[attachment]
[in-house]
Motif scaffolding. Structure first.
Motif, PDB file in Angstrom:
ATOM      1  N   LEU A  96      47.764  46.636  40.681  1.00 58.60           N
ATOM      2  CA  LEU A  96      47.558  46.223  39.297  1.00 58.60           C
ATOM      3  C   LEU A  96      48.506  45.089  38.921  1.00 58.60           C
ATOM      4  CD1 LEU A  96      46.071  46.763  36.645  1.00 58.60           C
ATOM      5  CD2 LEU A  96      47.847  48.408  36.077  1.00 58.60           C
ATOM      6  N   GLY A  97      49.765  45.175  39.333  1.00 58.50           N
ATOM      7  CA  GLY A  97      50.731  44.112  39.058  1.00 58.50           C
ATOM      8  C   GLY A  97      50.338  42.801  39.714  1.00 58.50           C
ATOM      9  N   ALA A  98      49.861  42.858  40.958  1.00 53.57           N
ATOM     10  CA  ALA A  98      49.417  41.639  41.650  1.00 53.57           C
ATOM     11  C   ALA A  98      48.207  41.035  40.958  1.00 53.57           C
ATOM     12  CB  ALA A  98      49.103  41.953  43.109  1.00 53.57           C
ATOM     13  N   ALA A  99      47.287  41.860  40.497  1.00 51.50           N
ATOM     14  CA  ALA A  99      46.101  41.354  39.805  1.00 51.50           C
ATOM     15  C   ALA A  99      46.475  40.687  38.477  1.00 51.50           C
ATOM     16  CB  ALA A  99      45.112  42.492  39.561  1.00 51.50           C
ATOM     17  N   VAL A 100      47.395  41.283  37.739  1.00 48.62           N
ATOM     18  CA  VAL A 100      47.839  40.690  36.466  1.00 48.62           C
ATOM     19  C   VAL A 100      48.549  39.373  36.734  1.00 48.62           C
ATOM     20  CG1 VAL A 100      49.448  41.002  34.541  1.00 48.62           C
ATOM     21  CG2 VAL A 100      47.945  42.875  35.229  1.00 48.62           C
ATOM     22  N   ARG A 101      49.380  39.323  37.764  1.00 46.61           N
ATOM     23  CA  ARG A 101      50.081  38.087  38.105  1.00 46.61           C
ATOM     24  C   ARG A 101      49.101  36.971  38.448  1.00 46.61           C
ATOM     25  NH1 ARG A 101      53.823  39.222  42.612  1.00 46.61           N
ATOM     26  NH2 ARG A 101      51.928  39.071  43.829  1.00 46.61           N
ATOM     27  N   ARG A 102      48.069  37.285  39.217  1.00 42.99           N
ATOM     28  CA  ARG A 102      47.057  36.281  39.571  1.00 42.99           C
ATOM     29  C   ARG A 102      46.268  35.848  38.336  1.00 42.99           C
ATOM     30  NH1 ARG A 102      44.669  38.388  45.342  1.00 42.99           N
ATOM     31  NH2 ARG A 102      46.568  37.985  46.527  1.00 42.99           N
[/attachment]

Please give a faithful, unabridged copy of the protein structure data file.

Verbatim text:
[in-house]
Motif scaffolding. Structure first.
Motif, PDB file in Angstrom:
ATOM      1  N   LEU A  96      47.764  46.636  40.681  1.00 58.60           N
ATOM      2  CA  LEU A  96      47.558  46.223  39.297  1.00 58.60           C
ATOM      3  C   LEU A  96      48.506  45.089  38.921  1.00 58.60           C
ATOM      4  CD1 LEU A  96      46.071  46.763  36.645  1.00 58.60           C
ATOM      5  CD2 LEU A  96      47.847  48.408  36.077  1.00 58.60           C
ATOM      6  N   GLY A  97      49.765  45.175  39.333  1.00 58.50           N
ATOM      7  CA  GLY A  97      50.731  44.112  39.058  1.00 58.50           C
ATOM      8  C   GLY A  97      50.338  42.801  39.714  1.00 58.50           C
ATOM      9  N   ALA A  98      49.861  42.858  40.958  1.00 53.57           N
ATOM     10  CA  ALA A  98      49.417  41.639  41.650  1.00 53.57           C
ATOM     11  C   ALA A  98      48.207  41.035  40.958  1.00 53.57           C
ATOM     12  CB  ALA A  98      49.103  41.953  43.109  1.00 53.57           C
ATOM     13  N   ALA A  99      47.287  41.860  40.497  1.00 51.50           N
ATOM     14  CA  ALA A  99      46.101  41.354  39.805  1.00 51.50           C
ATOM     15  C   ALA A  99      46.475  40.687  38.477  1.00 51.50           C
ATOM     16  CB  ALA A  99      45.112  42.492  39.561  1.00 51.50           C
ATOM     17  N   VAL A 100      47.395  41.283  37.739  1.00 48.62           N
ATOM     18  CA  VAL A 100      47.839  40.690  36.466  1.00 48.62           C
ATOM     19  C   VAL A 100      48.549  39.373  36.734  1.00 48.62           C
ATOM     20  CG1 VAL A 100      49.448  41.002  34.541  1.00 48.62           C
ATOM     21  CG2 VAL A 100      47.945  42.875  35.229  1.00 48.62           C
ATOM     22  N   ARG A 101      49.380  39.323  37.764  1.00 46.61           N
ATOM     23  CA  ARG A 101      50.081  38.087  38.105  1.00 46.61           C
ATOM     24  C   ARG A 101      49.101  36.971  38.448  1.00 46.61           C
ATOM     25  NH1 ARG A 101      53.823  39.222  42.612  1.00 46.61           N
ATOM     26  NH2 ARG A 101      51.928  39.071  43.829  1.00 46.61           N
ATOM     27  N   ARG A 102      48.069  37.285  39.217  1.00 42.99           N
ATOM     28  CA  ARG A 102      47.057  36.281  39.571  1.00 42.99           C
ATOM     29  C   ARG A 102      46.268  35.848  38.336  1.00 42.99           C
ATOM     30  NH1 ARG A 102      44.669  38.388  45.342  1.00 42.99           N
ATOM     31  NH2 ARG A 102      46.568  37.985  46.527  1.00 42.99           N